• Family of Choice: None of the members of the Kurata household have any blood relations, but all consider each other family as the time together during their family portrait shows. Sana was abandoned at birth and legally adopted by Misako, Shimura is the family's quiet maid who cares just as much about the family and was revealed in the manga to be a long lost friend of Misako's, Rei was brought into the family by Sana after his parents died and was left homeless, and there's also Misako's pet chipmunk Maro.
  • Feud Episode: Episode 33 has Mr. Tanaka and Ms. Mitsuya bickering with each other after the two disagree on what Ms. Mitsuya will wear during their wedding and their upcoming married life in general. The two teachers then side with the boys and girls respectively on who should handle the cleaning responsibilities in the classroom. Of course, Sana intervenes and not only divides the classroom but along with the two teachers, starts an all-out war between the boys and the girls, creating a Romeo and Juliet-esque subplot between Tsuyoshi and Aya and Akito just flat out not giving a crap about the ordeal.
  • The Foreign Subtitle: Tokyopop released the manga as "Kodocha: Sana's Stage".
  • Forgotten First Meeting:
    • Sana and Naozumi actually met when they both were babies in the Kamura Institution, just before Sana got adopted.
    • Akito and Fuka happened to know each other before she moved back to Tokyo. That is because they went to kindergarten together. Then, in middle school, she starts remembering he was that Akki-chan who kissed her.
  • Four-Girl Ensemble: In the anime's first season, the four main girls of the classroom act this way, with many of them, especially Sana, often swapping roles depending on the episode's plot. We have Sana (The hyperactive Genki Girl), Aya (The Quiet One with a boyfriend, even if he is a nerdy one), Hisae (the Only Sane Girl of the group who's usually among the first to fight with the boys), and Mami (who's friendly yet reserved). Once Fuka is introduced, this gets broken as Hisae and Mami fade out of the story.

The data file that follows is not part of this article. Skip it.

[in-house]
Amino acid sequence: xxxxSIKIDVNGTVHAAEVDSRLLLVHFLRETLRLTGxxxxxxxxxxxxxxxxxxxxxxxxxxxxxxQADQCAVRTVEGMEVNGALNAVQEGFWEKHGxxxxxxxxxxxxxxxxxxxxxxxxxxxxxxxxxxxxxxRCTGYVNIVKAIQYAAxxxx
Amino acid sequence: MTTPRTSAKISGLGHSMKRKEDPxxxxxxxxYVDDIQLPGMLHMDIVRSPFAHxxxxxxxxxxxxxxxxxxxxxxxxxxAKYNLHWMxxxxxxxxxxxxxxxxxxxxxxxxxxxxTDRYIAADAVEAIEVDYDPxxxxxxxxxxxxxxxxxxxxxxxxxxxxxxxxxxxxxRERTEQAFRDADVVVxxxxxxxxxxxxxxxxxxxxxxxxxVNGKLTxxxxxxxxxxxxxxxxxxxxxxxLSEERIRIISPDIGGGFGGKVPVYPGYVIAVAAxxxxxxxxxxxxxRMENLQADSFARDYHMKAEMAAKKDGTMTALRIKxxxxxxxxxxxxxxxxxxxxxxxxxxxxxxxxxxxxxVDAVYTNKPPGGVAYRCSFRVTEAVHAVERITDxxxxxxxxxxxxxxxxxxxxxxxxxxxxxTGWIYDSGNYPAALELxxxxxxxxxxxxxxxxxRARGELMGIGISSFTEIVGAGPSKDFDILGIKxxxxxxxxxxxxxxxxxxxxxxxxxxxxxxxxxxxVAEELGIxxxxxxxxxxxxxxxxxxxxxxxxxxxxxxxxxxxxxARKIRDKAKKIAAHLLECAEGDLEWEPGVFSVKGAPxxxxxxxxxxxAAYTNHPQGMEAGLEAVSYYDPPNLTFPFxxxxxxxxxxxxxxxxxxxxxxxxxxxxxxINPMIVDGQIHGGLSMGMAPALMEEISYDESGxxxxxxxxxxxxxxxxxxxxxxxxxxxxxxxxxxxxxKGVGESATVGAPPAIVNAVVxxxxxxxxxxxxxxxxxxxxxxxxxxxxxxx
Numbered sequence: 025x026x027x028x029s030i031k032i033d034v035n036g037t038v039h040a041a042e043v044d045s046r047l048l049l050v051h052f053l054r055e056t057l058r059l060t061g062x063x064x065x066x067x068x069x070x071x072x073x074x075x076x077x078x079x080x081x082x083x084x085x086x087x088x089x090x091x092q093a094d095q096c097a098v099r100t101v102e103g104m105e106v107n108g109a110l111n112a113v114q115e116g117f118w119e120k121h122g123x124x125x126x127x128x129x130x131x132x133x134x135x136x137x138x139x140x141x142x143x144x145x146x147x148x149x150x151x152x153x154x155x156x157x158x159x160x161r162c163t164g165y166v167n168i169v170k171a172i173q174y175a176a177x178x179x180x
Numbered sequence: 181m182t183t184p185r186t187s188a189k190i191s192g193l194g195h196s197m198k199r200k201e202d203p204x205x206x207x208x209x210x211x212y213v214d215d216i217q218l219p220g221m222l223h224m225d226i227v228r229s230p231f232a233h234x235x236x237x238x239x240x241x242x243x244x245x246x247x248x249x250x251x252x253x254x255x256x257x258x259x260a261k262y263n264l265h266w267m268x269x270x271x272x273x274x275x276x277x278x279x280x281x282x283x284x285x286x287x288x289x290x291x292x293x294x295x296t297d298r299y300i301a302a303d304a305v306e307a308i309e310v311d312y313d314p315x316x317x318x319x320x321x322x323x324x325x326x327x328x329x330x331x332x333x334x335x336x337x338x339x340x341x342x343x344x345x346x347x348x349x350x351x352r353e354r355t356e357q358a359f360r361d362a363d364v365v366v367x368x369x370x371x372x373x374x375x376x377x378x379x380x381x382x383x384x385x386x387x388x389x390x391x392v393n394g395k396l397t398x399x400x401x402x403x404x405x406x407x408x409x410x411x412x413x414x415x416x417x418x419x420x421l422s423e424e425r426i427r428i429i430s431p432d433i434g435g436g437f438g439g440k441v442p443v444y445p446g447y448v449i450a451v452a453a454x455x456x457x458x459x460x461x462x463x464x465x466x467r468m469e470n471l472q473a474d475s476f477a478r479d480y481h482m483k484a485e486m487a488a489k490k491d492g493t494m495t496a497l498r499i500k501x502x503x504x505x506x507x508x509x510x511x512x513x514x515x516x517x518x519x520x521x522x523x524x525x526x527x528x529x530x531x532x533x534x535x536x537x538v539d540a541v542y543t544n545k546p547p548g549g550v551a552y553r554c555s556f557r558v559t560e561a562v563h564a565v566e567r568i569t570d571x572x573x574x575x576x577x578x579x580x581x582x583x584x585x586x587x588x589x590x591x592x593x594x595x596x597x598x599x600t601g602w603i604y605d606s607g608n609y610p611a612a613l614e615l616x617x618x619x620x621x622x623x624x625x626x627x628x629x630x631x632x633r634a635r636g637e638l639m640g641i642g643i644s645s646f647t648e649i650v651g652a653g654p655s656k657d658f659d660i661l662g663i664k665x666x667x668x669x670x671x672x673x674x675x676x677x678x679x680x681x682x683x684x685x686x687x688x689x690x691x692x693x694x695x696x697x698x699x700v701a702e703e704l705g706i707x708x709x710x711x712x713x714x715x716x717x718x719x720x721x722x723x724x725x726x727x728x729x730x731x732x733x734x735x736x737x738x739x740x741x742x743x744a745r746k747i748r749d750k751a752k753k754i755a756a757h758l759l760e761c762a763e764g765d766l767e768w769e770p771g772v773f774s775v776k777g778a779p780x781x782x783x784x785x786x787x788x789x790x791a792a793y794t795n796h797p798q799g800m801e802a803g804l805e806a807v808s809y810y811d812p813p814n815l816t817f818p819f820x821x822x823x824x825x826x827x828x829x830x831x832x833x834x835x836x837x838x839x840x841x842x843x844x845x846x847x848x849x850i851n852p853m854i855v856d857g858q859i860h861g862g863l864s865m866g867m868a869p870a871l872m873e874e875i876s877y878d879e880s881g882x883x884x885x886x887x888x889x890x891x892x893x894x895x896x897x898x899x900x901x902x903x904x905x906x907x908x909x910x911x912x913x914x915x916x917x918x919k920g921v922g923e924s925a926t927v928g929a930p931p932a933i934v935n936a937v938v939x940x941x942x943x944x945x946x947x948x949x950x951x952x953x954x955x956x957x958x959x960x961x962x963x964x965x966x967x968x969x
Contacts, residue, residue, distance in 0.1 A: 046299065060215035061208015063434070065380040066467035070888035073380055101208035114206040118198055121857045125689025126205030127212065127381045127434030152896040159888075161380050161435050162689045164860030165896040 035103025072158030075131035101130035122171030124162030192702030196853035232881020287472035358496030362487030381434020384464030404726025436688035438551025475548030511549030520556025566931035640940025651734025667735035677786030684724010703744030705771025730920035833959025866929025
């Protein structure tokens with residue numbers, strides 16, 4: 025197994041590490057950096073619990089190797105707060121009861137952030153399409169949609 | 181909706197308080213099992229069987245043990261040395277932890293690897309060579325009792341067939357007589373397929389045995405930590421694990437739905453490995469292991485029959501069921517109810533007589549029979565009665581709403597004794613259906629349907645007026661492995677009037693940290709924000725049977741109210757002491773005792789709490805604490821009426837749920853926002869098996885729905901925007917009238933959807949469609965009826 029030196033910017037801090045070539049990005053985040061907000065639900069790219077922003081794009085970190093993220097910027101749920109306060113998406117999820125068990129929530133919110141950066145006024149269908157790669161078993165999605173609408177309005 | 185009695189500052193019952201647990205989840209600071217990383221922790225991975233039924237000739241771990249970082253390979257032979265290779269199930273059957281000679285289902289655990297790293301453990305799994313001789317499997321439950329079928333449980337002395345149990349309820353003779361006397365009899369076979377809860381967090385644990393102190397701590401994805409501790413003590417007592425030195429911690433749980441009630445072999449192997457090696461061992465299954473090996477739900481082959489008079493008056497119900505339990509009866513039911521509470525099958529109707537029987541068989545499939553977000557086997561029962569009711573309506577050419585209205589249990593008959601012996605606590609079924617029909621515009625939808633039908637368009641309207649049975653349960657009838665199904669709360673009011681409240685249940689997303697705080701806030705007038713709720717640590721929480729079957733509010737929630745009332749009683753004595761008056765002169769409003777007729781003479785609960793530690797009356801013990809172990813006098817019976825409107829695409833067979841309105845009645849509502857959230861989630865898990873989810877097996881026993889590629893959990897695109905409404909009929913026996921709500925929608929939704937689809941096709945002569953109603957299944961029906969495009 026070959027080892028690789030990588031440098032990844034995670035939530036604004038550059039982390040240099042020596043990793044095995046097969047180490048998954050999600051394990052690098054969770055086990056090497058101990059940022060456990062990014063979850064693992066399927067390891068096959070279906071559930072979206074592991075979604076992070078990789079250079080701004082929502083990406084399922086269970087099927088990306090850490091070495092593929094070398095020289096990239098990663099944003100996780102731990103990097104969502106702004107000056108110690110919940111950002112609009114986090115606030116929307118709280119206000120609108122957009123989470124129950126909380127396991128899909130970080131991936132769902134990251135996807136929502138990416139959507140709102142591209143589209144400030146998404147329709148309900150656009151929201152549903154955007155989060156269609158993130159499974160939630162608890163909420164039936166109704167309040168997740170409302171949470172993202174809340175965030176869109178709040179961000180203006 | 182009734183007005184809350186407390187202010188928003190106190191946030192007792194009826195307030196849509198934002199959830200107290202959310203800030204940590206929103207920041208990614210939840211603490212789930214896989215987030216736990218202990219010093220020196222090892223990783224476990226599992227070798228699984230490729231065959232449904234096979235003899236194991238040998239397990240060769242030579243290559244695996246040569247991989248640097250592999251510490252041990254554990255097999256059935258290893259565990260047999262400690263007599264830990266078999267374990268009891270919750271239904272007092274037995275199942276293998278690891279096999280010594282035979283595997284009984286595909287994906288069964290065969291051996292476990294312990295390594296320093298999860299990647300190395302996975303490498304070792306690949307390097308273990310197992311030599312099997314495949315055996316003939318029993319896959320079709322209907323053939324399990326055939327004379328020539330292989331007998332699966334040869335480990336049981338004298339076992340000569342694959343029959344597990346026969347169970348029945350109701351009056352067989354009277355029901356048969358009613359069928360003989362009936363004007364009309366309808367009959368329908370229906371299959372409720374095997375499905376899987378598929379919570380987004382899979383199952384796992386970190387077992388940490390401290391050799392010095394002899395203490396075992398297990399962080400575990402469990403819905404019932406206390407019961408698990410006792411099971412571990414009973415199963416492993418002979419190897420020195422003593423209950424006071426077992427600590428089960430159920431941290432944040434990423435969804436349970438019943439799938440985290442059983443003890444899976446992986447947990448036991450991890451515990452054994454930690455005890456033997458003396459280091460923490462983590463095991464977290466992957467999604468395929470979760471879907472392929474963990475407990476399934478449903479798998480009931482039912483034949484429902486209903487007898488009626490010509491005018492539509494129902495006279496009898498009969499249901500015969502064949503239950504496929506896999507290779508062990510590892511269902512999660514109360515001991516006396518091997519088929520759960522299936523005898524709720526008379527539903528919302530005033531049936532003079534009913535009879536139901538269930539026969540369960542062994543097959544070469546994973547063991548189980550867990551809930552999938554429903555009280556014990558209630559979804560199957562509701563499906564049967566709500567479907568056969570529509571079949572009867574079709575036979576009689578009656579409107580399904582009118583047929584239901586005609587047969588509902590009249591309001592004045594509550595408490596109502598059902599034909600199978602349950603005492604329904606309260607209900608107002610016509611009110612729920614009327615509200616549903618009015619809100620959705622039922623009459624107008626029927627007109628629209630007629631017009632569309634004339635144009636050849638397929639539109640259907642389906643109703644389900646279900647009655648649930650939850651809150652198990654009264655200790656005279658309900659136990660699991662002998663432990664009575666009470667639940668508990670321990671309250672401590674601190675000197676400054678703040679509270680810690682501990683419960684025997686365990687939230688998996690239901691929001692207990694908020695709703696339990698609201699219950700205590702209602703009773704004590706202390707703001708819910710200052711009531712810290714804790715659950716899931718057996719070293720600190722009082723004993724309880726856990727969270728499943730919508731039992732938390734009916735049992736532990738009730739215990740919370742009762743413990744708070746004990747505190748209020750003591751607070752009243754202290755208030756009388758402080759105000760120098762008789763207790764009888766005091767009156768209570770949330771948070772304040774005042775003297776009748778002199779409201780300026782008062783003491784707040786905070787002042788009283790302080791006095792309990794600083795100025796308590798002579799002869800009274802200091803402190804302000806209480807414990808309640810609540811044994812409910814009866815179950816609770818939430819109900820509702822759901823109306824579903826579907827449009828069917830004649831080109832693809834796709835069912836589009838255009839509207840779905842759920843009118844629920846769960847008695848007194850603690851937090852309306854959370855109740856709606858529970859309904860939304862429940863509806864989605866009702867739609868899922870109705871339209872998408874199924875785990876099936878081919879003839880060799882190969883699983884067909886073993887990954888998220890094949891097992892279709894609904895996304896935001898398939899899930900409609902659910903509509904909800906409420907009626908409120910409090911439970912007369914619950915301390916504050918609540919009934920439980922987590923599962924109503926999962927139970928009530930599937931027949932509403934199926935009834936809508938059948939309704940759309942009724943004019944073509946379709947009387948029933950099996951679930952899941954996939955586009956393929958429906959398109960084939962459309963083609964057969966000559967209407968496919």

• Freudian Excuse: Akito's cold and violent personality is a result of the lack of communication that his family had at home. With a Missing Mom and a workaholic father, things weren't easy either for him or his sister. Natsumi even often abused Akito and treated him as a "monster" because she resented him and put all the blame for their mother's death on him.
  • Gang of Bullies: At the start of the series, there was a group of kids that gave a lot of trouble to their teacher (even using blackmail to treat her!) and some of their other classmates. Akito initially was the leader of this group, too.
  • Gecko Ending: Around the third quarter of the anime, the staff added a "New York" arc where Sana goes to America with Naozumi for an acting gig in New York. The anime staff adapted the rest of the subsequent events of the reveal that Akito and Fuka are dating and their eventual break-up, but they also added episodes unrelated to the manga that, instead, offered some closure to some unresolved plots in the anime's story.